In that context, the current paper describes our experiences on the integration of the Modelica DSL into a platform that enables the integration and interoperability of model-based tools across the various phases of the system development process. Furthermore, the current paper illustrates how Matlab Simulink – an established framework for dynamic systems modeling and simulation - can be used in parallel in the course of the same system design undertaking. The importance as research work is constituted by (1) demonstrating that the aforementioned interoperability/integration between two major languages for modeling dynamic systems - i.e. Modelica and Matlab Simulink - is indeed possible, by (2) identifying a set of freely available tools and “how-to’s” regarding the realization of this challenging task, and finally by (3) demonstrating the benefit of the overall approach based on a case study relating to the development of a self-adaptive dynamic system from the automotive domain.

The platform for Model-based Tool interoperability and integrations is given by the ModelBus (ModelBus, 2018) (Armengaud et al., 2011) (Hein et al., 2009) (Aldazabal et al., 2013), which is a backend type of framework providing means for the integration of various model-based tools across the system design phases. Thereby, we describe the ModelBus extensions which are required in order to integrate Modelica into an established system development process running on top of ModelBus. In addition, the various tools are presented and technologies compared, which are used to obtain the different artefacts (e.g. metamodels) required for the Modelica integration into ModelBus. To fully integrate Modelica into an established system development process, key Model-2-Model (M2M) transformations are conceptualized and implemented on top of the ModelBus, in order to enable the smooth interoperability between Modelica tools and other tools across the system design phases. All the concepts are exemplified on a case study from the automotive domain that shows how Modelica can be used within the process of designing a car cruise controller, which constitutes a critical self-regulating system within a car.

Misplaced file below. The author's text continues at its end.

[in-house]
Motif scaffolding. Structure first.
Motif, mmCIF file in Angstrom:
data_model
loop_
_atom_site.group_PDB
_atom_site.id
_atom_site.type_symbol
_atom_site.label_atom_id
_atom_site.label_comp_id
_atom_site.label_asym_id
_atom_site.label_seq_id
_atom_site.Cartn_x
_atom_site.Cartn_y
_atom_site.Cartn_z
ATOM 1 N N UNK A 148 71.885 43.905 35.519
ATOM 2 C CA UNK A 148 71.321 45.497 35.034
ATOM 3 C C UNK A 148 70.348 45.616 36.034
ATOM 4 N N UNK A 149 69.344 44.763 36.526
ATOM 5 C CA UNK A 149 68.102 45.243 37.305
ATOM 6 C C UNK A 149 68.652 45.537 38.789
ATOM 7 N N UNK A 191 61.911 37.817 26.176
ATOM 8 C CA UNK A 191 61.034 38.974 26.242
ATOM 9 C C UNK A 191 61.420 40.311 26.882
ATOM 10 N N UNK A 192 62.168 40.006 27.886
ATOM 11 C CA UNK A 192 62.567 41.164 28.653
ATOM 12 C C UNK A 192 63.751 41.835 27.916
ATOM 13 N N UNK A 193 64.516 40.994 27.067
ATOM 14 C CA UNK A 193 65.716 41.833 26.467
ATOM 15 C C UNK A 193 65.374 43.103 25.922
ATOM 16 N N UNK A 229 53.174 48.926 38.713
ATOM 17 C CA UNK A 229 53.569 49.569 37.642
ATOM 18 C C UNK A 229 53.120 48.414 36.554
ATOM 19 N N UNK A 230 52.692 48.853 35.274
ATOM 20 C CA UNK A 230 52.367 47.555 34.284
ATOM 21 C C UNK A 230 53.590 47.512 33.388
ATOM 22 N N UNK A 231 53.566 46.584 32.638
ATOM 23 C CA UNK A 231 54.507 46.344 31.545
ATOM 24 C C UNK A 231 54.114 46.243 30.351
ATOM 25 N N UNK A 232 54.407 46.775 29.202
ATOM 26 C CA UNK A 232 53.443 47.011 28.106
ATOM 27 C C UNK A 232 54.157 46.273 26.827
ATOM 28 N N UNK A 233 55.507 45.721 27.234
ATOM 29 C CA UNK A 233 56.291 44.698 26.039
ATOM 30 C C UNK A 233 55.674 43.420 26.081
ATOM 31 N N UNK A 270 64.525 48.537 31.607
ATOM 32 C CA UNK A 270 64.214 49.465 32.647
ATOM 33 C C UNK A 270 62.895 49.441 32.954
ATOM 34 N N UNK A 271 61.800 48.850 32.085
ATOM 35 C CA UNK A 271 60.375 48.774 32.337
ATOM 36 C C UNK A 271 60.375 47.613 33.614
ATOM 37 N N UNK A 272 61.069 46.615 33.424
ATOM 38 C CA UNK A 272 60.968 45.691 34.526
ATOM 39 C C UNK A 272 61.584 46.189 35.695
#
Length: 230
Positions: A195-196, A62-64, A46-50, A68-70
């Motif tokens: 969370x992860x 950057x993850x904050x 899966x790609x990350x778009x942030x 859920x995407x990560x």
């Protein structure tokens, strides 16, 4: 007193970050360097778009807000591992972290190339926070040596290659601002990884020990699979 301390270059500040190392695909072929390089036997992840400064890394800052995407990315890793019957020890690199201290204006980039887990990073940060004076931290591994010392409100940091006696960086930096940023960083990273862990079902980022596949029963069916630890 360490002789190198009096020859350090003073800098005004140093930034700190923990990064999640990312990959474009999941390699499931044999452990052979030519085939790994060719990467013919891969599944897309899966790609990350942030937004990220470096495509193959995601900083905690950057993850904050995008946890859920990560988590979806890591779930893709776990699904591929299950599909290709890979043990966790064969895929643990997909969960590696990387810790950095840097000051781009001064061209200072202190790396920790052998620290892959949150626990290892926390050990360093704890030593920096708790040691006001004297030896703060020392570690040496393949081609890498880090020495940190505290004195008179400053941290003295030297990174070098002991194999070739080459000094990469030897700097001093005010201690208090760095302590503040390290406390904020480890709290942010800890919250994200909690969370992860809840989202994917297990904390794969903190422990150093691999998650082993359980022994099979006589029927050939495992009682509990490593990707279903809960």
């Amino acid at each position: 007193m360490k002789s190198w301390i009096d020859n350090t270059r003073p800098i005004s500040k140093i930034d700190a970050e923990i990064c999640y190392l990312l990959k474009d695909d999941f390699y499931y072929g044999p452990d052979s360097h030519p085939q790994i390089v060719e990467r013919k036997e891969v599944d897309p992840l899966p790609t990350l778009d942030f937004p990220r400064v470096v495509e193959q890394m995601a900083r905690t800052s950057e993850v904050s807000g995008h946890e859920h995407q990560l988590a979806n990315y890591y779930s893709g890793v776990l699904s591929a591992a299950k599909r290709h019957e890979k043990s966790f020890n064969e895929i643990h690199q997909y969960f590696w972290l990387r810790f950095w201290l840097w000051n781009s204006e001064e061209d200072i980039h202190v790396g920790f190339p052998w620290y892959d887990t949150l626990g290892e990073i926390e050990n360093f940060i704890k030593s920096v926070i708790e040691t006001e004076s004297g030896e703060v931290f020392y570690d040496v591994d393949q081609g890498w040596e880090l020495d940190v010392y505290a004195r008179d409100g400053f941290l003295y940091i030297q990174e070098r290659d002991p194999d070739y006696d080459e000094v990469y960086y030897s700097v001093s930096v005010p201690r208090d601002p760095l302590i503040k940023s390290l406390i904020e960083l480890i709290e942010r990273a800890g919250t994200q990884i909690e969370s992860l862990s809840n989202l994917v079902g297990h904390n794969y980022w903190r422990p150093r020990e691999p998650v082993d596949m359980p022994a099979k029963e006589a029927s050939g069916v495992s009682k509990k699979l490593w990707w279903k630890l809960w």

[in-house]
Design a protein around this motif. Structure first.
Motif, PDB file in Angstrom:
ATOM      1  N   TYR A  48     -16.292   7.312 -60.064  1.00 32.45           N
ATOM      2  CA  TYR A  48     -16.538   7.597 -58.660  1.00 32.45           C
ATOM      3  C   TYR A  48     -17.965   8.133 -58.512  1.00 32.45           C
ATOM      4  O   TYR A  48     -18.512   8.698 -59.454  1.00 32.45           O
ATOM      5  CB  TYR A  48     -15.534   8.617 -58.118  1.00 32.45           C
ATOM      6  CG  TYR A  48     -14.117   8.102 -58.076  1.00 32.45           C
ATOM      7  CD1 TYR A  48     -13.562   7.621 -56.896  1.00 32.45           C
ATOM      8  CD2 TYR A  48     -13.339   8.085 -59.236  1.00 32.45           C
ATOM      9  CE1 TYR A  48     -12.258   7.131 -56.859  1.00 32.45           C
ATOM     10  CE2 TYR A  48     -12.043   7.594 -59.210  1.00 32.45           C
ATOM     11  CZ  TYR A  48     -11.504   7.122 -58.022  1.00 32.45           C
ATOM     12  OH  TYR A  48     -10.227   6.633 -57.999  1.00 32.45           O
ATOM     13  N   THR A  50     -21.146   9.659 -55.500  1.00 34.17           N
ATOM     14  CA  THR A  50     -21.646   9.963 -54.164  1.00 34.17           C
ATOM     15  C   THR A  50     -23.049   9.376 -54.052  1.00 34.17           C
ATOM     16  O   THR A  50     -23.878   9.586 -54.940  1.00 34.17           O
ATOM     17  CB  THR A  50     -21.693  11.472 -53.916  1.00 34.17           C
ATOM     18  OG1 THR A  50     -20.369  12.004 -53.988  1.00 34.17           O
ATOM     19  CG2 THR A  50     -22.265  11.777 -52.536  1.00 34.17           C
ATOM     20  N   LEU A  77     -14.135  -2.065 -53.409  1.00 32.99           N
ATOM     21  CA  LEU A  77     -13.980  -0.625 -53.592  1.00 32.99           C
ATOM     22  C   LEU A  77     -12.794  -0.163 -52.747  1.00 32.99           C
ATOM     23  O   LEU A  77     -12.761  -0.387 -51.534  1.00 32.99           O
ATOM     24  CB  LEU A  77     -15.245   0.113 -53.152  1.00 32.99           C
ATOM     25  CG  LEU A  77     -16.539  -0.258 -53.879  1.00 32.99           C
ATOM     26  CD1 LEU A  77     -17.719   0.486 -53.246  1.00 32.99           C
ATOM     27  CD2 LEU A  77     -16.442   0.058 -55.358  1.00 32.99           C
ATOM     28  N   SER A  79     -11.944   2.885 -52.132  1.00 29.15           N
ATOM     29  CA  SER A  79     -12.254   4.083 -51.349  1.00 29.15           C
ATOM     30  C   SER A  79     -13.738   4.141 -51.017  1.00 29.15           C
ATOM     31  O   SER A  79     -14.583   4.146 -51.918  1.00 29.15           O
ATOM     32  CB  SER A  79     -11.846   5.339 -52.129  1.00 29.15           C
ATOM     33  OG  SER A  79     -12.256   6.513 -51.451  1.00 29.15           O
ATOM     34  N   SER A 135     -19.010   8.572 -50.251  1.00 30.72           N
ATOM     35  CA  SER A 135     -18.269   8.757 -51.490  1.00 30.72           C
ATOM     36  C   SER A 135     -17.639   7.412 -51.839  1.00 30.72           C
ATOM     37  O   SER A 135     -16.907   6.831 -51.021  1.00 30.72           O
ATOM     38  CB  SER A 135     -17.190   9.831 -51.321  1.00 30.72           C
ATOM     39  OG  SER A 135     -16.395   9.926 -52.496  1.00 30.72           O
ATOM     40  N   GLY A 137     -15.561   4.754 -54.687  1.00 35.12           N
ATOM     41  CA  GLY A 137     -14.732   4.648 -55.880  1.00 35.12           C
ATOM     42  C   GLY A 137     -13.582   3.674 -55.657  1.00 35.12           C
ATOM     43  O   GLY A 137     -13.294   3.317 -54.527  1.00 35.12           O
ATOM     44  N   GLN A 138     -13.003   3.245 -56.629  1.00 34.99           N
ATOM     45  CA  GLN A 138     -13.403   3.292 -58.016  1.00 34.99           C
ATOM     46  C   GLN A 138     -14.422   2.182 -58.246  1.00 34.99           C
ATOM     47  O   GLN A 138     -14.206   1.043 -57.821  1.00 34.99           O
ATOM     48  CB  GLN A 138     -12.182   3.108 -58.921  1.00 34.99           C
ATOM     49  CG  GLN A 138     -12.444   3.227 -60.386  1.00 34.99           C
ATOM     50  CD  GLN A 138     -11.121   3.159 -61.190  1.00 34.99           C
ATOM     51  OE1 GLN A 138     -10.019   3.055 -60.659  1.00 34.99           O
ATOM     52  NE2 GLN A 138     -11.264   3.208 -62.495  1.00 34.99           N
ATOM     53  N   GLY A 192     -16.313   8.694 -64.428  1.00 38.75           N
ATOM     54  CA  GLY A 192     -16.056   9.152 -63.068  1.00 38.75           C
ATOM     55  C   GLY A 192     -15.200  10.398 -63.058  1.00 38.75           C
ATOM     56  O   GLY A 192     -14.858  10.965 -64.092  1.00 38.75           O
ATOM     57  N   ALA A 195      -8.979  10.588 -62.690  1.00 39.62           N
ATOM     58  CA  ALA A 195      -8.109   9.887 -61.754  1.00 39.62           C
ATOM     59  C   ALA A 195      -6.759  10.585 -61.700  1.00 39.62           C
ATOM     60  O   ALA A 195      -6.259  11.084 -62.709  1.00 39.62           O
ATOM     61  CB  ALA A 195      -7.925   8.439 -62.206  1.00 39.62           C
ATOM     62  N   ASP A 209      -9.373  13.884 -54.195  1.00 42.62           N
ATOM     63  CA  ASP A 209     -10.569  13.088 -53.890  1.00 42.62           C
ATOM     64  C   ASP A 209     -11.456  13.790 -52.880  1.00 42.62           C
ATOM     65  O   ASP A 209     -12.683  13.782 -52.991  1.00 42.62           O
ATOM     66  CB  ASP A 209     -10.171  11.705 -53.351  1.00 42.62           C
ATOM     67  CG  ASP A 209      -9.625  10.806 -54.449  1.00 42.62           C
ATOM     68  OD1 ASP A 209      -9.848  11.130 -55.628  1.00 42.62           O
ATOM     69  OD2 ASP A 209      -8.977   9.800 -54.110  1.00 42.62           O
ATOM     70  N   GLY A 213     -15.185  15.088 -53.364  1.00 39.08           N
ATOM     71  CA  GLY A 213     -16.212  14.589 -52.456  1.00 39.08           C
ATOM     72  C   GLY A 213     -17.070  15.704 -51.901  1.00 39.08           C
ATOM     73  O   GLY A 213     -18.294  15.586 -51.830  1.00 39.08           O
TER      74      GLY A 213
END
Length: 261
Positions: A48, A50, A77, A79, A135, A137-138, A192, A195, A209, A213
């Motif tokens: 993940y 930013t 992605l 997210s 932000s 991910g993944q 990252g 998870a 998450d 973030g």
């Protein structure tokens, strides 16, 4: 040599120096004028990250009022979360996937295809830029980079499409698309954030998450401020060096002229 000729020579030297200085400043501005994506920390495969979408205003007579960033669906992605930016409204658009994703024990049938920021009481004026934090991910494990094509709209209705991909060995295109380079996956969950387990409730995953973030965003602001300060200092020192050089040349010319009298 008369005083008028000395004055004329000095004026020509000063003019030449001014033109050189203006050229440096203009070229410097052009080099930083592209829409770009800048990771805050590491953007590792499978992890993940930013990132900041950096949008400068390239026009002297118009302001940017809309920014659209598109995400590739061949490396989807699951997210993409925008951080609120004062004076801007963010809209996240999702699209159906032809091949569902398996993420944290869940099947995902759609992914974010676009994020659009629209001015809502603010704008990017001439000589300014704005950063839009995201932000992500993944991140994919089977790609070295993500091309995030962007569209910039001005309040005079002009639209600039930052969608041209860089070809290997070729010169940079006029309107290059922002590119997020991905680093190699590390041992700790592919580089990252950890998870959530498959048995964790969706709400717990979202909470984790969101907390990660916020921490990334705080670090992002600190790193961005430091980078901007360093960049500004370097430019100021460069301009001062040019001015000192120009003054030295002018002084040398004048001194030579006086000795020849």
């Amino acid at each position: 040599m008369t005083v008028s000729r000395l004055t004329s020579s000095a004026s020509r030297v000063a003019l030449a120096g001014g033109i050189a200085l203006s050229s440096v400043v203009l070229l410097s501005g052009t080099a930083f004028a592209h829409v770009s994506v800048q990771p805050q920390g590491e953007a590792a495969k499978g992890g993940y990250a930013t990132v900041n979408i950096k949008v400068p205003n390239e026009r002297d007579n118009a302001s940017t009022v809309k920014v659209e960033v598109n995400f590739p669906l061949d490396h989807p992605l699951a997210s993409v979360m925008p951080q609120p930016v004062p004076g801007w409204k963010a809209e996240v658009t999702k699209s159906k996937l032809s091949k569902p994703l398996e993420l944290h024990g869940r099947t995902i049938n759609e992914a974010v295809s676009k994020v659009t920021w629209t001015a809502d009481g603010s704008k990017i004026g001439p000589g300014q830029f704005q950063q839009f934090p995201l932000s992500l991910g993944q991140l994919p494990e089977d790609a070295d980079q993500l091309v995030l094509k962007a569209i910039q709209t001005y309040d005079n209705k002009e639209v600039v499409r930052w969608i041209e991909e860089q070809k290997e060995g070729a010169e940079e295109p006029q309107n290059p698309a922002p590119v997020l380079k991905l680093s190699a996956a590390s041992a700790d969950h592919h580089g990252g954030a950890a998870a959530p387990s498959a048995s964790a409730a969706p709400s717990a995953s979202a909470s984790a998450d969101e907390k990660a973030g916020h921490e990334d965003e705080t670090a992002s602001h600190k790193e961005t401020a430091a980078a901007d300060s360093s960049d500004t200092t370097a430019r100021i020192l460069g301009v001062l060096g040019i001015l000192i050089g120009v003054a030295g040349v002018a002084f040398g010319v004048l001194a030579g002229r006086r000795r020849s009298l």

With respect to Matlab Simulink, we build on an available bidirectional transformation between Simulink and SysML, which eventually enables the usage of Modelica and Matlab Simulink in parallel, for the purpose of systems design and simulation. The resulting transformation(s) are briefly described in the relevant sections.

Complete Article List

Search this Journal:
Reset
Open Access Articles
Volume 9: 4 Issues (2020): 1 Released, 3 Forthcoming
Volume 8: 4 Issues (2019)
Volume 7: 4 Issues (2018)
Volume 6: 4 Issues (2017)
Volume 5: 4 Issues (2016)
Volume 4: 4 Issues (2015)
Volume 3: 4 Issues (2014)
Volume 2: 4 Issues (2013)
Volume 1: 4 Issues (2012)
View Complete Journal Contents Listing